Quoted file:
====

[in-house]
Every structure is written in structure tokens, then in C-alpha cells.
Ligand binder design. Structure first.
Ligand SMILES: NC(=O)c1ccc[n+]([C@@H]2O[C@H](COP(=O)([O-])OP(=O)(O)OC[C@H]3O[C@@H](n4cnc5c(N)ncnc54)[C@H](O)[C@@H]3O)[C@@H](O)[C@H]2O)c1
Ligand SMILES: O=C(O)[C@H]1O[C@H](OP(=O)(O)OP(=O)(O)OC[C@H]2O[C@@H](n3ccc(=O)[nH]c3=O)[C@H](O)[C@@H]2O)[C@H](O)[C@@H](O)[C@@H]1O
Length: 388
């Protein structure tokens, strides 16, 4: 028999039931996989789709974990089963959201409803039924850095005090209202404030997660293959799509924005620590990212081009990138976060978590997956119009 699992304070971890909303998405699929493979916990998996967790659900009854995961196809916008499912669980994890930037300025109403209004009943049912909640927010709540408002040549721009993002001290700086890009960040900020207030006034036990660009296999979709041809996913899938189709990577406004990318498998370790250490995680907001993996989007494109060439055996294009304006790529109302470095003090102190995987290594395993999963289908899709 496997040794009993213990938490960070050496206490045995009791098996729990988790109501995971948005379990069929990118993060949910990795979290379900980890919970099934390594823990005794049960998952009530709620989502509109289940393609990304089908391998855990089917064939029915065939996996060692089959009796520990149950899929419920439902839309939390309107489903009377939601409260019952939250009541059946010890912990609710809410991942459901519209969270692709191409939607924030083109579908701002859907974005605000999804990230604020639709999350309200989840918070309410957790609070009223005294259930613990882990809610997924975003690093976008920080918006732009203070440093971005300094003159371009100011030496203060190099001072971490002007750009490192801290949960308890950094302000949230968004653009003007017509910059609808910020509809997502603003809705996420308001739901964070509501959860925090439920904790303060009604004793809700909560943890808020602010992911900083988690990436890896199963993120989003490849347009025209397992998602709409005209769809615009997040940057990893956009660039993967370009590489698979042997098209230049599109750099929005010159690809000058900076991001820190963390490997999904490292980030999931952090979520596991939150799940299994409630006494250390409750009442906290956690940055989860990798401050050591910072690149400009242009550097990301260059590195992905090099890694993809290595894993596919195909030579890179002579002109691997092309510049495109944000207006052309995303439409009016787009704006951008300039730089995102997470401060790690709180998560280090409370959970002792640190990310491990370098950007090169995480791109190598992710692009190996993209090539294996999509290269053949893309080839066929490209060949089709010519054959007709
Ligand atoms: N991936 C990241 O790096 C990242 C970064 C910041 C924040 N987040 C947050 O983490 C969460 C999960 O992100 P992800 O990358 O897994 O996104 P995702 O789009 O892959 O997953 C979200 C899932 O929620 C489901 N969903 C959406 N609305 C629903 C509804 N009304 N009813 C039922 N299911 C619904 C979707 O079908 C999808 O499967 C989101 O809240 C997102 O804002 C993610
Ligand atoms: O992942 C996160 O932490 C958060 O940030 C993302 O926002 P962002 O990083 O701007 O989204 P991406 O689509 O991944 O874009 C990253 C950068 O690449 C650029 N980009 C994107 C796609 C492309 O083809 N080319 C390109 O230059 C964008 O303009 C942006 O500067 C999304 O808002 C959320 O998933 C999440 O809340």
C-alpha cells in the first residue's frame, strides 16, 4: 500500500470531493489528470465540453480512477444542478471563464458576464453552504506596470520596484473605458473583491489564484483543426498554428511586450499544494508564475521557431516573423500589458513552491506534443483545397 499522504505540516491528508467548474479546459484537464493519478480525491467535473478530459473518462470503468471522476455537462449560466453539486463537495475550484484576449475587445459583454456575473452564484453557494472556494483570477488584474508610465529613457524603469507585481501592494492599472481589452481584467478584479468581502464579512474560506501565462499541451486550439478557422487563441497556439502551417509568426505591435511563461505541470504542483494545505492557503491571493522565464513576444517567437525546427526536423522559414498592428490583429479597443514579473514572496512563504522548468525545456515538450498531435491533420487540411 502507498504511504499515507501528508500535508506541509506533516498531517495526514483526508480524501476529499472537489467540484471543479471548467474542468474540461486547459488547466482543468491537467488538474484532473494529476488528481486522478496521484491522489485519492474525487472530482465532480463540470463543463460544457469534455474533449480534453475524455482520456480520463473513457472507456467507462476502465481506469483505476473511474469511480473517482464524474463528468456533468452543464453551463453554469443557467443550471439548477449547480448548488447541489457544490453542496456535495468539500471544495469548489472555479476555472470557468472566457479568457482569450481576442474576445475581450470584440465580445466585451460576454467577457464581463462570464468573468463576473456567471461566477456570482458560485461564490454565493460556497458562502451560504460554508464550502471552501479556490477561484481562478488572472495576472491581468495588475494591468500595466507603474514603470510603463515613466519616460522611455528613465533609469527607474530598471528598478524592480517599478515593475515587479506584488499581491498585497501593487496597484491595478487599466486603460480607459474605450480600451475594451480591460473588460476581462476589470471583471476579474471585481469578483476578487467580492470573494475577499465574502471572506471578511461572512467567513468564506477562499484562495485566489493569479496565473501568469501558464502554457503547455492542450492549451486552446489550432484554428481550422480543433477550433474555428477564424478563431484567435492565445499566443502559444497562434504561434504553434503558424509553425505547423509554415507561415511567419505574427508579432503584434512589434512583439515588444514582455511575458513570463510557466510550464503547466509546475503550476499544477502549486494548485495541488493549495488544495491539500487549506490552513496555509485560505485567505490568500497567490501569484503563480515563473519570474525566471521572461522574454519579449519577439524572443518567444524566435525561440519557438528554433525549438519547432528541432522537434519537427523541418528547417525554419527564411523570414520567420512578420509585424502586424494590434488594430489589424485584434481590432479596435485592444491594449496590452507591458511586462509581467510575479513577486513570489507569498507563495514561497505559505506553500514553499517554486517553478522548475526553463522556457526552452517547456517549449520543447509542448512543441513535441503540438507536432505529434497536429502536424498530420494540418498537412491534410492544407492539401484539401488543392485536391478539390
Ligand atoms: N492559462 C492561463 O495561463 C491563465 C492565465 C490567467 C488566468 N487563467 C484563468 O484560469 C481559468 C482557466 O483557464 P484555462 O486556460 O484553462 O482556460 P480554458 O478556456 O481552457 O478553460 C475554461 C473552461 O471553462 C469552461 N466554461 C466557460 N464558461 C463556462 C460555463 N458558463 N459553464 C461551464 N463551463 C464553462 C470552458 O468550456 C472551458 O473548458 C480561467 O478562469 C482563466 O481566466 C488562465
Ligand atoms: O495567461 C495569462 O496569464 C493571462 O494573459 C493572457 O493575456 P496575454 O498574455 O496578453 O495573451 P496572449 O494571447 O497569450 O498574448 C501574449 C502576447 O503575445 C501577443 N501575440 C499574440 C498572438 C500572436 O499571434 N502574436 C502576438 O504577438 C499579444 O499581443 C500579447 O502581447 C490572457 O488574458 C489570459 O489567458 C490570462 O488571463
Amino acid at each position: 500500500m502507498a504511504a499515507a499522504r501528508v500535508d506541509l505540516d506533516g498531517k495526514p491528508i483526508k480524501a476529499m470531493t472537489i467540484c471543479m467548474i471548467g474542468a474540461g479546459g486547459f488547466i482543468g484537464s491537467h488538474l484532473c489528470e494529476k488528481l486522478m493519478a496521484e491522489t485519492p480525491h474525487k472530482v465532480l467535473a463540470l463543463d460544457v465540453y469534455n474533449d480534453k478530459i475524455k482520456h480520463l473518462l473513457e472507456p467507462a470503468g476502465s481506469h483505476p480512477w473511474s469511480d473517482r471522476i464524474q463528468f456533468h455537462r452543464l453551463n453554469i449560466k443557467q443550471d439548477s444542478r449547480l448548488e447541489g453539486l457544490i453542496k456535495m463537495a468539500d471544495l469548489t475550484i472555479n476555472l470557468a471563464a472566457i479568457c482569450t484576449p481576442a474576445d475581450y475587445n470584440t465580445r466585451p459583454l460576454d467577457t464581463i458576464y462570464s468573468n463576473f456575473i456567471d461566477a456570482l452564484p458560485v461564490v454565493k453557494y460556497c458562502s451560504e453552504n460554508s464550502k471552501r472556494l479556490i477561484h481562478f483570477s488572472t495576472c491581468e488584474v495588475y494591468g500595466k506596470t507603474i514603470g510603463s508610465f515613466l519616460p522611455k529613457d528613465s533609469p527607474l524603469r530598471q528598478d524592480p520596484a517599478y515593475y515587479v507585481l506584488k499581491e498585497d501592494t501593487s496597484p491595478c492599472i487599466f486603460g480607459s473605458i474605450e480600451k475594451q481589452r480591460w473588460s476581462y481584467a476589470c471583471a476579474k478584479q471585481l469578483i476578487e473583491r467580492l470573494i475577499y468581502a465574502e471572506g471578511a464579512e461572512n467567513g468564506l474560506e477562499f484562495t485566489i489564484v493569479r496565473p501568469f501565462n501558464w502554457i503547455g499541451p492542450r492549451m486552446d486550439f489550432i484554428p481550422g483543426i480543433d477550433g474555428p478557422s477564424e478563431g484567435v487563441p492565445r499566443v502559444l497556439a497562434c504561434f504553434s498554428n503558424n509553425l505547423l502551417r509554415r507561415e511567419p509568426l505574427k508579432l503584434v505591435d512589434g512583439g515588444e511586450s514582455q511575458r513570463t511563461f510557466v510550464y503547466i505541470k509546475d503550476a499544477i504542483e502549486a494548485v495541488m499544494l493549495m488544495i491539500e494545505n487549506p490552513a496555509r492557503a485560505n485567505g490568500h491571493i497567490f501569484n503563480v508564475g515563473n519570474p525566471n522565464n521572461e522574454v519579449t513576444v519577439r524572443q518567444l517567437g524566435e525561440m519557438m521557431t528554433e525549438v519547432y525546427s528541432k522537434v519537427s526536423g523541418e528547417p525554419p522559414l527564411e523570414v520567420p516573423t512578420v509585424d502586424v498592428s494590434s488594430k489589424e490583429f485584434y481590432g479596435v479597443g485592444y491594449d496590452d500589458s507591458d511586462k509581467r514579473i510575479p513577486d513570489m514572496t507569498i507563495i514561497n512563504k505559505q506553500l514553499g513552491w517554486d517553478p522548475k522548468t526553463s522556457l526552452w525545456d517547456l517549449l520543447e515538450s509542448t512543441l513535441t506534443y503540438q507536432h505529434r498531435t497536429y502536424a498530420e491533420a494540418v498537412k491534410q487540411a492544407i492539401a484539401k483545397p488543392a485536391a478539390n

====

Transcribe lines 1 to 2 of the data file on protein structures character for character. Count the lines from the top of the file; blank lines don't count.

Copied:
[in-house]
Every structure is written in structure tokens, then in C-alpha cells.